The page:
International Journal of Materials Chemistry and Physics
Articles Information
International Journal of Materials Chemistry and Physics, Vol.1, No.2, Oct. 2015, Pub. Date: Aug. 10, 2015
Commonly Available Commercial Insecticide Formulations and Their Applications in the Field
Pages: 116-123 Views: 3213 Downloads: 11995
[01] Muhammad Sarwar, Nuclear Institute for Agriculture & Biology (NIAB), Faisalabad, Punjab, Pakistan.
The objective of this article is to know the types of formulations, familiar with the major families of pesticides side by side their modes of action, what to consider in choosing the best formulation along with when to use various formulations and compatibility. Generally, the formulations are commercially produced for drugs, cosmetics, coatings, dyes, alloys, cleaning agents, foods, lubricants, fuels, fertilizers, pesticides and many others. Nevertheless, pesticides also come in various formulations and formulations enable the pesticide to be applied, but, insecticides specifically kill insects and are just one of many types of pesticides. An insecticide formulation can be principally a wettable powder (WP), soluble powder (SP), or emulsifiable concentrate (EC). These formulations are relatively easy to handle, transport, store, little agitation is required, do not settle out or separate when equipment is running, non-abrasive, cannot plug screens or nozzles, and leaves little visible residue on treated surfaces. Insecticide formulations are broken-down into active ingredients and inert ingredients. The active ingredients in insecticide are the chemicals that control the target pest upon application. Most insecticide products have inert (inactive) ingredients, which are used to dilute the pesticide or to make it safer, more effective, easier to measure, mix, or apply, and more convenient to handle. In that sense a formulation may be created according to the standard of the product for any of the purposes such as to achieve effects that cannot be obtained from its components when these are used singly, achieve a higher degree of effectiveness, facilitate any potential synergistic action of their components, and improve handling properties and often safety for the user. Some insecticides can be mixed together (i.e., these are compatible with each other); not all insecticides can be mixed together (incompatible) because these separate out of the solution, gel, curdle, or clog the equipment during application; and insecticides that are physically different (i.e., dust versus liquid) are typically incompatible. Consequently, the competently designed formulations for particular applications are safer, more effective and more economical than any of their components used singly.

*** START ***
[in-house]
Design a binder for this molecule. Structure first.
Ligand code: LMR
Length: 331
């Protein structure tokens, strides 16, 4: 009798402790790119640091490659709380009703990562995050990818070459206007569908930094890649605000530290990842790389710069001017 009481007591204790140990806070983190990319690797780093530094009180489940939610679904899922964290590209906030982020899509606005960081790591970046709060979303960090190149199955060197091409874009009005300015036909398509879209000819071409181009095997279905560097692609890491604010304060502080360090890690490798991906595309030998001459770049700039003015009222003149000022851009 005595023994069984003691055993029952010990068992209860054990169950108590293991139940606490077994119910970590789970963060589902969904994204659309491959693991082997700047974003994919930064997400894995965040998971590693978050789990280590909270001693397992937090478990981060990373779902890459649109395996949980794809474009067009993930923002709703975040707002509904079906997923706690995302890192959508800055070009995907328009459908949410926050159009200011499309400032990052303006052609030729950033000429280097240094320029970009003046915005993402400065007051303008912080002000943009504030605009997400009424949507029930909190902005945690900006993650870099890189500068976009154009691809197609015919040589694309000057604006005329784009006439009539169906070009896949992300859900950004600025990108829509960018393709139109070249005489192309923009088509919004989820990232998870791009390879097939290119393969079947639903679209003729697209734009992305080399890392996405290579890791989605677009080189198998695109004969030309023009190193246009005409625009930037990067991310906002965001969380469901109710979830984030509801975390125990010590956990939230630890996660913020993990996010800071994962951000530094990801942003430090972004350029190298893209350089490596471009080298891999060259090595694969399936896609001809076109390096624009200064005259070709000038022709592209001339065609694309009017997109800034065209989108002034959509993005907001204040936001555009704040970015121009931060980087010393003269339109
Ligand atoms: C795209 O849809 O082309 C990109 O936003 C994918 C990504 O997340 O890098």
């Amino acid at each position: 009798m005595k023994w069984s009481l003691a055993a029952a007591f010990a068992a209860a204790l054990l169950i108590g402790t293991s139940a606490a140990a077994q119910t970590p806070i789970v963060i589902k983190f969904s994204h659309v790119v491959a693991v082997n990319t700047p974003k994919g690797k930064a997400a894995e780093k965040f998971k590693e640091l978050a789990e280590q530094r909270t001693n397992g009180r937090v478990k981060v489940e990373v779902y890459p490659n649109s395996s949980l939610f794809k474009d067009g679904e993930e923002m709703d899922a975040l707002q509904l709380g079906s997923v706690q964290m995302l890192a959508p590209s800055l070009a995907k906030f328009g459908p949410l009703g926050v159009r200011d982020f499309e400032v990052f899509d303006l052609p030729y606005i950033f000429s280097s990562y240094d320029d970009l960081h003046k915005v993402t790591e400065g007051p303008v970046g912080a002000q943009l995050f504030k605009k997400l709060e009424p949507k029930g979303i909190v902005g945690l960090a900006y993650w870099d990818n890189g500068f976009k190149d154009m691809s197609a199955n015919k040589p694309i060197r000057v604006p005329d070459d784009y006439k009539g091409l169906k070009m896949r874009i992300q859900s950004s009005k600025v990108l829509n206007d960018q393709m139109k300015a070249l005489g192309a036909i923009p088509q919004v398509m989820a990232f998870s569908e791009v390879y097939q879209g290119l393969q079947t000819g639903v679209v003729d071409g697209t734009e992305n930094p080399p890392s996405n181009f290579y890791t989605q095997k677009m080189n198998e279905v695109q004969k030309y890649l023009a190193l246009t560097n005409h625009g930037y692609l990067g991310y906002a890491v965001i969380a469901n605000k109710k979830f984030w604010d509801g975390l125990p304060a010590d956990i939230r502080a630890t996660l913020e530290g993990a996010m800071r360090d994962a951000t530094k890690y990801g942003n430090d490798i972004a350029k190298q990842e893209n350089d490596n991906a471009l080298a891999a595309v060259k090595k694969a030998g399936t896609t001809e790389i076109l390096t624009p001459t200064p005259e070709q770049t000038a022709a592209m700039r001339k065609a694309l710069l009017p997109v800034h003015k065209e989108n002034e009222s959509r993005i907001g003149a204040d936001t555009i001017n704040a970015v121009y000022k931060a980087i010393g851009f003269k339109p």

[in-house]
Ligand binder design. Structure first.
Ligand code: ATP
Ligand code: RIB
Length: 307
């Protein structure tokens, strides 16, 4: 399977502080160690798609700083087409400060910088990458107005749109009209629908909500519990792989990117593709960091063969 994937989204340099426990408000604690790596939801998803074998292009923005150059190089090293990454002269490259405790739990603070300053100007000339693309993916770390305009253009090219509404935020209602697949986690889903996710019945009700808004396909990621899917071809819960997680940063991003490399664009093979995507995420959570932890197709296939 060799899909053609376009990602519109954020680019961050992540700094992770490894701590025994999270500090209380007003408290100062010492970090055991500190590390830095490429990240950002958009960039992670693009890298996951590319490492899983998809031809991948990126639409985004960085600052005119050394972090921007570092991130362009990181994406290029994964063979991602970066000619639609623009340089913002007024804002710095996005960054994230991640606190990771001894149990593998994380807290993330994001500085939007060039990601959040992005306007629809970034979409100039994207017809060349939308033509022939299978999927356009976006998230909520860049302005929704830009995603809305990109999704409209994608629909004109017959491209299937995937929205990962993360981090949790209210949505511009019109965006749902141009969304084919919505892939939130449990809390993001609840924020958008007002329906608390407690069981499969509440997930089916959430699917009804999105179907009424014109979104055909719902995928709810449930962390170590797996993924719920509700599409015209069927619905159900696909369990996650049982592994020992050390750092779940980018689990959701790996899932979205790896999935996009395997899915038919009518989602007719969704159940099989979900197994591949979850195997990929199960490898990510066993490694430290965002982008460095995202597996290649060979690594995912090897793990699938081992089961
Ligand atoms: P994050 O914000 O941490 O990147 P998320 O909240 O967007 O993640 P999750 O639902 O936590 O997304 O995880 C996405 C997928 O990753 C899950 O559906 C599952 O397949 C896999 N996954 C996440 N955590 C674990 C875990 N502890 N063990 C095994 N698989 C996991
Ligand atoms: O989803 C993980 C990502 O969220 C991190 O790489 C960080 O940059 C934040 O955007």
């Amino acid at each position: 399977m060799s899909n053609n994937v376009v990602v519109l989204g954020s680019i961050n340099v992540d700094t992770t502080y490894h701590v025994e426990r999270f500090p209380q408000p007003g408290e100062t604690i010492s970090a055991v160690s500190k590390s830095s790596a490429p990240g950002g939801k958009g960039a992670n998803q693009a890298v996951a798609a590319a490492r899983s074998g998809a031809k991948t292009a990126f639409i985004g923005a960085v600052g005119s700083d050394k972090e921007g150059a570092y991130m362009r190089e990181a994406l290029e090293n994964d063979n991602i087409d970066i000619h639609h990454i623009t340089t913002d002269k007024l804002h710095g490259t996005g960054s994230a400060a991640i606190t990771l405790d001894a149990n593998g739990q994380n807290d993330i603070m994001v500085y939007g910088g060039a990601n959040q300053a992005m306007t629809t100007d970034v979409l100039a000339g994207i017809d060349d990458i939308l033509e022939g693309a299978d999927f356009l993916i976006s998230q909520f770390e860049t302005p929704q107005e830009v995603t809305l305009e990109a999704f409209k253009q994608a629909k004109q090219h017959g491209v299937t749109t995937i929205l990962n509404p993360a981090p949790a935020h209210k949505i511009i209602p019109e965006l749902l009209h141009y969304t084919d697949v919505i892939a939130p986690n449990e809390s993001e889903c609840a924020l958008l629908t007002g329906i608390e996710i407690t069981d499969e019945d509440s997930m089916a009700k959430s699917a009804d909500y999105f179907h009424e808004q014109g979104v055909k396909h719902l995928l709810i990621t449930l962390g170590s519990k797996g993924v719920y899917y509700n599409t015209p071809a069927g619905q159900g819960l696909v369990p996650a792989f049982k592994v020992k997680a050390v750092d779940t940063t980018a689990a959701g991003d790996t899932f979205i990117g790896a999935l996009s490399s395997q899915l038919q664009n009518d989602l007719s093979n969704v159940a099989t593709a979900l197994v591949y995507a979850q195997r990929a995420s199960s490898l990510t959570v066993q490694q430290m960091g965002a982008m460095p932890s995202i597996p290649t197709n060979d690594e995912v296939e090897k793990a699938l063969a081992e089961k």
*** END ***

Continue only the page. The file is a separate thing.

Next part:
Formulation, Insecticide, Pesticide, Compatibility, Concentration
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